The Max Planck Institute for Human Development has just kindly given us permission to post this excellent chart depicting the effects of prostate screening on men over 50. It goes with this post from yesterday — Analyzing those widespread feelings of ‘Hands off my PSA test‘ — and illustrates the reasoning behind recent recommendations against routine prostate screening for healthy men.
I love the feeling of dawning clarity as my eye passes slowly over the data and the point comes across: Hmmm, 1,000 men in each group. With prostate screening, the same number of men die of prostate cancer as without screening (red circles with a P inside). But with screening, a couple of hundred get “false positives” that worry them but turn out okay. And 20 are treated unnecessarily for prostate cancer, with all the downsides of the treatment, to no benefit (blue circles with an X inside). Okay, I think I get it now…
A couple of points from the folks at the Max Planck Institute:
In light of the most favorable evidence, the number of men dying from prostate cancer could be reduced from 8 to 7 out of 1,000, but in light of the less favorable evidence, there is no such reduction. In any case, overall mortality was shown not to be reduced at all in all trials.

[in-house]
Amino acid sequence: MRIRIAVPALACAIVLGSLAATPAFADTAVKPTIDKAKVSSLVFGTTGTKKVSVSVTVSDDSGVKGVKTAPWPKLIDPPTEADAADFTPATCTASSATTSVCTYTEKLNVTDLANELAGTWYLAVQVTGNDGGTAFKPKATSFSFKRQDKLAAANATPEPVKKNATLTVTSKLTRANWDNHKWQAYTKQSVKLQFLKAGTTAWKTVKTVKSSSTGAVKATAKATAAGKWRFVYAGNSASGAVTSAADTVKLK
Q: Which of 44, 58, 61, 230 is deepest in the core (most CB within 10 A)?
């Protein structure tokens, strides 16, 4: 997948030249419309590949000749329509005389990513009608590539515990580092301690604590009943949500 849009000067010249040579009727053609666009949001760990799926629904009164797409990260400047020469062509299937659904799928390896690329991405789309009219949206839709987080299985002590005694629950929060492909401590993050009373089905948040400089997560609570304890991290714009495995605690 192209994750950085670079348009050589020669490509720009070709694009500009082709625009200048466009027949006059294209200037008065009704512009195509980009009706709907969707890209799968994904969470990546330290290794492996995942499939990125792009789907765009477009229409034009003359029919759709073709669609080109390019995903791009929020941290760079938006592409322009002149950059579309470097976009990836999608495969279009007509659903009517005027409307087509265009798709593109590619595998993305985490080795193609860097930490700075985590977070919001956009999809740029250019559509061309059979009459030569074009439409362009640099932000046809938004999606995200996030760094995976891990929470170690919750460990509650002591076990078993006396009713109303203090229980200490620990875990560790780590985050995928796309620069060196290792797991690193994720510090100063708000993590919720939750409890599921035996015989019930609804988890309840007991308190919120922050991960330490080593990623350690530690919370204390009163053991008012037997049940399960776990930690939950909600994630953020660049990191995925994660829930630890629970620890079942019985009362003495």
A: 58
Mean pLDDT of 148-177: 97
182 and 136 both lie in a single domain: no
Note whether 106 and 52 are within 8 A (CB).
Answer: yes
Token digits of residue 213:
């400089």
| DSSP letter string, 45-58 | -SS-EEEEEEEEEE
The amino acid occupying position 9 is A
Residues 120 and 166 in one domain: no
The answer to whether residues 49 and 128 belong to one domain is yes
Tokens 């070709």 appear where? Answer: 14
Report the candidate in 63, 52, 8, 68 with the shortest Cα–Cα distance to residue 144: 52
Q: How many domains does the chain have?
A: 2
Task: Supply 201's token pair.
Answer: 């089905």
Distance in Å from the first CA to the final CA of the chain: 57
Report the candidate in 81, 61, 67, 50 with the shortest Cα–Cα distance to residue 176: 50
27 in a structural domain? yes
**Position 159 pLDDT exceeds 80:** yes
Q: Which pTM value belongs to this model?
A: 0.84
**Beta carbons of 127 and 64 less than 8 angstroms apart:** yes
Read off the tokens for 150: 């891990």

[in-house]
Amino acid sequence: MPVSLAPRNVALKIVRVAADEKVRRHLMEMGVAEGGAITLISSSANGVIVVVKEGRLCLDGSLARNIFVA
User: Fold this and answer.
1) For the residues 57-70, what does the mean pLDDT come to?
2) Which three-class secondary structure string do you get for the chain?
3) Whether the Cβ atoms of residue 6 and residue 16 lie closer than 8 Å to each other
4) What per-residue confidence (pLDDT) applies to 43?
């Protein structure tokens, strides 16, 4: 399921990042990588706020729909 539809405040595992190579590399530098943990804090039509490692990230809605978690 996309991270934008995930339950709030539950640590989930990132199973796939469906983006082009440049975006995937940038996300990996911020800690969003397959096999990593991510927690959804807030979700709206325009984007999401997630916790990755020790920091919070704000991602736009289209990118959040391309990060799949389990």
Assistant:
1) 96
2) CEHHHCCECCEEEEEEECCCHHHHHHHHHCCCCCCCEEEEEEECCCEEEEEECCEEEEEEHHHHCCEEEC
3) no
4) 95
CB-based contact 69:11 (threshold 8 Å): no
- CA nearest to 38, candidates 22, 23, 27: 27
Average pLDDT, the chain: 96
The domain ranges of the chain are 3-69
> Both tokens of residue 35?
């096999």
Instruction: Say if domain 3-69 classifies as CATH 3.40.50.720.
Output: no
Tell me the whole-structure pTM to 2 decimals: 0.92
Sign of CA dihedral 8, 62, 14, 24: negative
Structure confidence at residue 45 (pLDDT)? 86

Credit is due to Lisa Schwartz and Steven Woloshin at Dartmouth Medical School for the conceptual development and evaluation of drug fact boxes; they also provided an idea of how a fact box could look in the case of PSA screening. While the Harding Center has developed this particular facts box, it is standing on the shoulders of giants.
They also note that the graph is based on epidemiological data from a 2010 BMJ paper.